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MINDFUL TOUCH WITH THE GAP: KIM WOOSANG, LEE DAEKYU

photographed by
Choi Eunhwa (unless otherwise indicated)
edited by
Kim Yeram
background

 ʻI am an Architectʼ was planned to meet young architects who seek their own architecture in a variety of materials and methods. What do they like, explore, and worry about? SPACE is going to discover individual characteristics of them rather than group them into a single category. The relay interview continues when the architect who participated in the conversation calls another architect in the next turn.

 




interview Kim Woosang, Lee Daekyu co-principals, KIND ARCHITECTURE × Kim Yeram photographed by Choi Eunhwa (unless otherwise indicated)

 

 

We, Together


Kim Yeram: Many readers might be pondering the name. The word ‘kind’ usually refers to ‘a type’ but it can also mean ‘being hospitable’. How did you come up with the name?

Kim Woosang: People tend to think of ‘being hospitable’ at first, but you are one of the first to come up with different meanings! (laugh) Unlike other artistic disciplines or fields, architects deal with new forms and programmes set by different clients on different sites. This inspired us to name our firm ‘KIND ARCHITECTURE’ as it is kind of an appropriate description of what we do as architects, hoping that this would explain various forms, diverse relationships between multiple functions, materials, and the culture of our firm. 

 

Kim Yeram: Before establishing KIND ARCHITECTURE in 2017, you first opened atelier mot.

Kim Woosang: Atelier mot was a group with photographer and fashion designer who shared a studio. We split up while establishing our own direction. After that, I took a year off and then made a fresh comeback by establishing KIND ARCHITECTURE. That moment, Lee Daekyu who was preparing for an opening of his studio asked me to run the company together. Lee Daekyu: Most architects dream of own studio, but I feared standing alone. We went to the same graduate school, and lived together for about a year when we worked at the architectural firm in New York. Furthermore, we participated in several design competitions and went on a trip together, and we didn’t even argue once. So I asked him to work together.

 

Kim Yeram: You were a perfect pair. 

Kim Woosang: I have a hard time managing stress under pressure, but Lee handles this very well while also remaining able to control the variables.

 

Kim Yeram: Have you ever taken an MBTI test? 

Kim Woosang: I did once with colleagues, but I’ve forgotten the results as I didn’t trust the test. 

Lee Daekyu: I was an ISFP, a curious-artist type. 

 

Kim Yeram: People can test their partnership with MBTI results, I am curious about the extent to which the two principals match.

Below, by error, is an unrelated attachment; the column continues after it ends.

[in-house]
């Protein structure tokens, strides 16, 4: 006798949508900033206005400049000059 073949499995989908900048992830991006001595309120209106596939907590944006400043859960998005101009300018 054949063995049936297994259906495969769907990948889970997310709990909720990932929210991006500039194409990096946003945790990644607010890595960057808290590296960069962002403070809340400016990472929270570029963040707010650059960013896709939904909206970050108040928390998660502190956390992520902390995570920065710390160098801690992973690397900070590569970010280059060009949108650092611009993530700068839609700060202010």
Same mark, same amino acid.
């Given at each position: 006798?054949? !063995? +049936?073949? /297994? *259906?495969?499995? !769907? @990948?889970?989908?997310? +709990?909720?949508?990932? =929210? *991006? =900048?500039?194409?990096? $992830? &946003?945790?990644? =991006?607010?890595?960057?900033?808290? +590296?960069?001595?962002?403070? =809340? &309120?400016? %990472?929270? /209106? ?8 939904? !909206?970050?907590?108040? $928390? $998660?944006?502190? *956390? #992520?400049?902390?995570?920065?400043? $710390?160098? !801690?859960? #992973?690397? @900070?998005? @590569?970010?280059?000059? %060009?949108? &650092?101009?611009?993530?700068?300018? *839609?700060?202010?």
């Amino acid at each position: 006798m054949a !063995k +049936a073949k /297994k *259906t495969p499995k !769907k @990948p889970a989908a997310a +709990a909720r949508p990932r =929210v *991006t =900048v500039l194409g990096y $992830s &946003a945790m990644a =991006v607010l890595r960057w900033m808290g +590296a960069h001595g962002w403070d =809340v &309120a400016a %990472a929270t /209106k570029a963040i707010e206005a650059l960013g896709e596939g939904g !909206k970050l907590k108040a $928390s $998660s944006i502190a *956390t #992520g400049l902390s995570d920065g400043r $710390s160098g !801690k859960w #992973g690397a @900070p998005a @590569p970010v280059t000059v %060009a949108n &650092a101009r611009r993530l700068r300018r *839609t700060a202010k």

Kim Woosang: That just made me decide not to take the test ever! (laugh)

 

 

 

It Takes Time to Get Used to a New Space


Kim Yeram: Could you tell me a little bit more about 7377 house, where we find ourselves now. 

Kim Woosang: The client couple, the current resident, drafted a letter to us, and that influenced us deeply. We have exchanged letters during the project, and there are about 40 letters in total. 

Lee Daekyu: It would have been hard to create the court like this if we had demolished the existing building. So we thought remodeling would be better than new construction. 

 

Kim Yeram: Were there any claims raised by the client, particularly as there are seven stairways? 

Kim Woosang: We explained them that they would feel different after seasonal changes as they have enough time to adjust to a new house. Fortunately, they told us the view when going up and down looks nice these days. Clients have sent us messages out of the blue from time to time, they gave us a message when the snow fell, saying that the snow reminded them of last winter. (laugh)

 

 


Indoor space of '7377 house'

 

 

A Humbling Experience


Kim Yeram: Bridging elements of one function to another is emphasised here as in the 7377 house’s court and steps. Are there any in-between spaces in the bended house, which is now under construction in Gimpo, Gyeonggi-do?

Lee Daekyu: The client, a freelancer, asked us to separate the working space from the main body of the house for concentrating on works. So we planned to separate the working area from the residential area so that there would be a way for commuting between them. That has become a relaxation space in which to host simple tea time breaks. 

Kim Woosang: We took extra care with the flooring material. As it changes under foot, the user will feel the difference and adjust their attitude accordingly. 

 

Kim Yeram: You describe this space as an ‘emotional space’. Are there any other elements that complete the space other than the materials? 

Kim Woosang: It was first time when we designed 7377 house that we raised the concept of emotional space. We made a low-rise entrance between the alley and yard, and installed a gate 2m away. It made a meaningful impact on the client’s everyday life. Plucking 

books from the shelves to read together with neighbours or drinking coffee are activities per se. The width of the hallway inside the house was widened by 30cm, so the client looked out the window more often and wrote impressive phrases on the window with markers. I feel these kinds of activities are promoted by the emotional spaces that define the architecture. 

 

 


Construction view of TRVR project

Image courtesy of KIND ARCHITECTURE

 

 

 

Hopefully Not Exhausted

 

Kim Yeram: I am aware that you are conducting a lot of ongoing projects. 

Kim Woosang: We are indeed experiencing a flood of work these days. KIND ARCHITECTURE prioritises quality, but it is hard to ensure the high standard of individual projects at the same time. I feel like work is gradually infiltrating my ordinary life. We tend to invest more time and energy in construction than during the design process, and we visit a site many times for inspection. If we settled on the drawings themselves, the name KIND ARCHITECTURE and our projects would not have been this well recognised.